Working on a motion (simulator) sickness theory

A few weeks ago I decided to go back and finish Infamous: Second Son. It was a game I’d played and enjoyed early in the PS4’s life span but as so often happens at some point I got distracted and drifted away.

Almost immediately I ran into a problem that I don’t remember having back then: “motion” sickness (which I guess more technically is simulator sickness since of course I wasn’t moving). Second Son was making me physically ill, and not just a little bit. I’m talking about breaking out into a cold sweat and needing to lie down for a while. There was a mid-game boss battle in particular that I just couldn’t get through because I’d get to where I felt like I was going to vomit if I didn’t put down the controller and walk away.

I wrote it all off to old age and uninstalled Infamous: Second Son so I wouldn’t be tempted by it.

Fast-forward a month or two and I started playing Watch Dogs, and having a ball. Then one night, Watch Dogs started making me sick! I couldn’t understand it. I wasn’t doing anything differently, so why all of a sudden was it having this impact on me?

Uncharacteristically, I stopped and thought about it, and two things occurred to me. One was that I was really tired that night. Second was that I had no lights on. And let me explain that.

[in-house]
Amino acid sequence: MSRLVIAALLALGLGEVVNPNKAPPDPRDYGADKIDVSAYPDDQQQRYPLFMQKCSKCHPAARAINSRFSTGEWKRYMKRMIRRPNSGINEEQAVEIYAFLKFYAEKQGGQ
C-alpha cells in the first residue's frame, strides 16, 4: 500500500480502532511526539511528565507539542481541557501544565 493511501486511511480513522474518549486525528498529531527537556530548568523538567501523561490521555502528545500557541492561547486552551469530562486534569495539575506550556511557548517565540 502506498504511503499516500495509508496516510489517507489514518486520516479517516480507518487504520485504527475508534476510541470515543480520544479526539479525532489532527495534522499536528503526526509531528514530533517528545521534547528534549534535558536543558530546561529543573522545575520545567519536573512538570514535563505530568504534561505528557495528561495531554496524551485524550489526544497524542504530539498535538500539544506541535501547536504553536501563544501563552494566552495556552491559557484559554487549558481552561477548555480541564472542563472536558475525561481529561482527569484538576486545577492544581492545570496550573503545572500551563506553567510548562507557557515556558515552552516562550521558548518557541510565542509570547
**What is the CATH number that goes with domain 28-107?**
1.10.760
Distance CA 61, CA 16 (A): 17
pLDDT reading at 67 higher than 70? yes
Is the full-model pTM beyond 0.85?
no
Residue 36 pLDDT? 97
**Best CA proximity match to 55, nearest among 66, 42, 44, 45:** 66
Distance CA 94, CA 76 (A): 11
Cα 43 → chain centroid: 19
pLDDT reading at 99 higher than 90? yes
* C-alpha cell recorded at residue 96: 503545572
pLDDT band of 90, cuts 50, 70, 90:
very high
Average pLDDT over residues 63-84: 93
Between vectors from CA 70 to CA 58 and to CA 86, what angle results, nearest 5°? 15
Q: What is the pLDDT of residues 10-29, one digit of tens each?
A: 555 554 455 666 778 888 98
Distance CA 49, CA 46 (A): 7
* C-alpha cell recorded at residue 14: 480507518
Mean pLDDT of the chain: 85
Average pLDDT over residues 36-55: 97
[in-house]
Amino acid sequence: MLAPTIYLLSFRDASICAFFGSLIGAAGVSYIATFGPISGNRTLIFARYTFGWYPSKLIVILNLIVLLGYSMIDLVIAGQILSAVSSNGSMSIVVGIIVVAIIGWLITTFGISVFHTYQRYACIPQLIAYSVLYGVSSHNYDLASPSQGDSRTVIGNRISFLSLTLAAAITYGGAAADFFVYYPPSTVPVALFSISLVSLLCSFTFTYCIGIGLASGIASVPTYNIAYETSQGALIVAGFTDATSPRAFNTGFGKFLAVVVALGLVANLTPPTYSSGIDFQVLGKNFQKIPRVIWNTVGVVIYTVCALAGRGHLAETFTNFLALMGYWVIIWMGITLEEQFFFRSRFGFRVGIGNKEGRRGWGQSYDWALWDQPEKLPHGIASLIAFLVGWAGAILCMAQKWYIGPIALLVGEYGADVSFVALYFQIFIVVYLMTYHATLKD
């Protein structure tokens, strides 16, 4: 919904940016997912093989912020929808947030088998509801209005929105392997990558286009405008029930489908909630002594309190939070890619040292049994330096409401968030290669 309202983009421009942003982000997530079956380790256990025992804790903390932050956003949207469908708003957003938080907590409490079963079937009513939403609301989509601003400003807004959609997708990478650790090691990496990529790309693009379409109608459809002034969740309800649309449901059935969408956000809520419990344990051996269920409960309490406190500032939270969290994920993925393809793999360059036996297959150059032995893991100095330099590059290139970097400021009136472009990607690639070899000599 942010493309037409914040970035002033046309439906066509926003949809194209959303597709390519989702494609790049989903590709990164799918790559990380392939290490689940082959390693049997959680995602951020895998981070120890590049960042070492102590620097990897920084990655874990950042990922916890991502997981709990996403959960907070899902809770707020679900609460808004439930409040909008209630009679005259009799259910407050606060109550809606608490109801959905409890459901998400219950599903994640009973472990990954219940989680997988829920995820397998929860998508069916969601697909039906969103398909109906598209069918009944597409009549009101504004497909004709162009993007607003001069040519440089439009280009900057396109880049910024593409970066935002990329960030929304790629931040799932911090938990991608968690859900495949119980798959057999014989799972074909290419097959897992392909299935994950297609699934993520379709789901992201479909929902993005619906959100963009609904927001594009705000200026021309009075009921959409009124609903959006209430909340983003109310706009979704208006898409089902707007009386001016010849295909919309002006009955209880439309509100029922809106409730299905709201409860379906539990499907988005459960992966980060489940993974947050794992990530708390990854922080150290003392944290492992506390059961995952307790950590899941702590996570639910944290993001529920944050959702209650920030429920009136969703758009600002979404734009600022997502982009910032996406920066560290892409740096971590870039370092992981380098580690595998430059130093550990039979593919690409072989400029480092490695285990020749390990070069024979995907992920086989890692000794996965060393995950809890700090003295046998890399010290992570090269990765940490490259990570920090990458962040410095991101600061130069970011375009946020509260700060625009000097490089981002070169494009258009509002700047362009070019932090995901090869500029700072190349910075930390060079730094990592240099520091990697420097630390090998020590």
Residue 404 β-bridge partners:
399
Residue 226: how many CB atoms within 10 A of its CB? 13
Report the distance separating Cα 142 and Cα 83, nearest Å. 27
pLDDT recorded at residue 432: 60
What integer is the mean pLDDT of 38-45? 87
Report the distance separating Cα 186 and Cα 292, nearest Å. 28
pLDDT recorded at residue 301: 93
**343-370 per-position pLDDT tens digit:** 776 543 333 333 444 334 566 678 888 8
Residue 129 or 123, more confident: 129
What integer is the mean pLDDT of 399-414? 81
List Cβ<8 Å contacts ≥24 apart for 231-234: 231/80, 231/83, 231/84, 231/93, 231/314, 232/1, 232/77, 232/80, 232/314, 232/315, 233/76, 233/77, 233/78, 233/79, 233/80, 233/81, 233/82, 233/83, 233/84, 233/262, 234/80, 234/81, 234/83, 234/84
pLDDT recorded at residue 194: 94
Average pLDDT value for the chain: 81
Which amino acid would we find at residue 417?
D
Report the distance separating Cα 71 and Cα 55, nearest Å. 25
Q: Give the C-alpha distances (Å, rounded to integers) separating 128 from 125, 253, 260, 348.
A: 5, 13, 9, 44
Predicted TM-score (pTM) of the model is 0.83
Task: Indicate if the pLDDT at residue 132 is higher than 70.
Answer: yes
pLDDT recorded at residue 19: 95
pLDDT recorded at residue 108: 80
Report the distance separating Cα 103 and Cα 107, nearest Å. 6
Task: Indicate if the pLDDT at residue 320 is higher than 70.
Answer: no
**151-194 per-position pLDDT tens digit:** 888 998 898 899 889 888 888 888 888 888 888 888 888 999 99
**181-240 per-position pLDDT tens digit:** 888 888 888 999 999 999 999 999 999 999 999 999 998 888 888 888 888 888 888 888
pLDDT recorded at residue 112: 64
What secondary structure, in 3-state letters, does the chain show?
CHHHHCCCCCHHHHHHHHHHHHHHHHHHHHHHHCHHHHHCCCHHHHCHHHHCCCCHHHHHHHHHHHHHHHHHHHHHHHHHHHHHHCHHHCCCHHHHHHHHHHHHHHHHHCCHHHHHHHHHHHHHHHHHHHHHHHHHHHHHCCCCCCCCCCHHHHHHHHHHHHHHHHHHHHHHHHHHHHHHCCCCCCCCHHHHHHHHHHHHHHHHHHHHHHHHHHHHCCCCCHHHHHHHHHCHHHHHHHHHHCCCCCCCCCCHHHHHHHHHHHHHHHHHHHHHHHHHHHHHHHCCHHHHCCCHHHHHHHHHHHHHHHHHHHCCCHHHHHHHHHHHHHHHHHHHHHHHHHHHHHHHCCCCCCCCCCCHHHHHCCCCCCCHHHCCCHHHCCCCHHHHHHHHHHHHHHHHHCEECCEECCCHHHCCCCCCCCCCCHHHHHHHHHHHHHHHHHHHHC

Not too long ago (but after my Infamous experience) I was finding that by the end of the day my eyes were so tired that they’d start watering to the point that I couldn’t do much more than go to bed. Through some sequence of events that I don’t recall, I discovered that it was my habit of sitting in a dark room staring at a big-screen TV that was causing the fatigue. By turning on a lamp in the room my eye fatigue went away. I guess my mom was right when she’d always scold me for sitting in the dark!

Anyway since then I’ve been leaving a light on while gaming, usually. But that night playing Watch Dogs I hadn’t bothered turning it on. And that was the only night Watch Dogs made me feel ill.

I finished the main story of Watch Dogs a few nights ago, though there is still plenty to be done in terms of side quests and such. But I was ready for a break, and I thought about Infamous: Second Son again. And I thought about the light. So I re-downloaded the game.

Last night I fired it up, with my light on, and beat that boss battle. I still did get a little woozy after some time playing but nothing close to how I’d been feeling when I tried playing just a month or two ago.

[One sure-fire trigger to get me sick is when the camera moves unexpectedly without me moving it, which happens in Infamous because the character is really ‘sticky’ when it comes to surfaces he can jump onto, often grabbing things I didn’t intend for him to grab. I think it’s the same reason I sometimes get car sick (IRL) when I’m a passenger but never when I’m driving.]

I don’t have enough data to state any facts here; this is just a theory for now. Still, I thought it was worth sharing my story just in case anyone else struggles with ‘motion sickness’ while gaming. If you happen to sit in a dark room, try turning on some lights. It really seems to help me, and maybe it’ll help you too!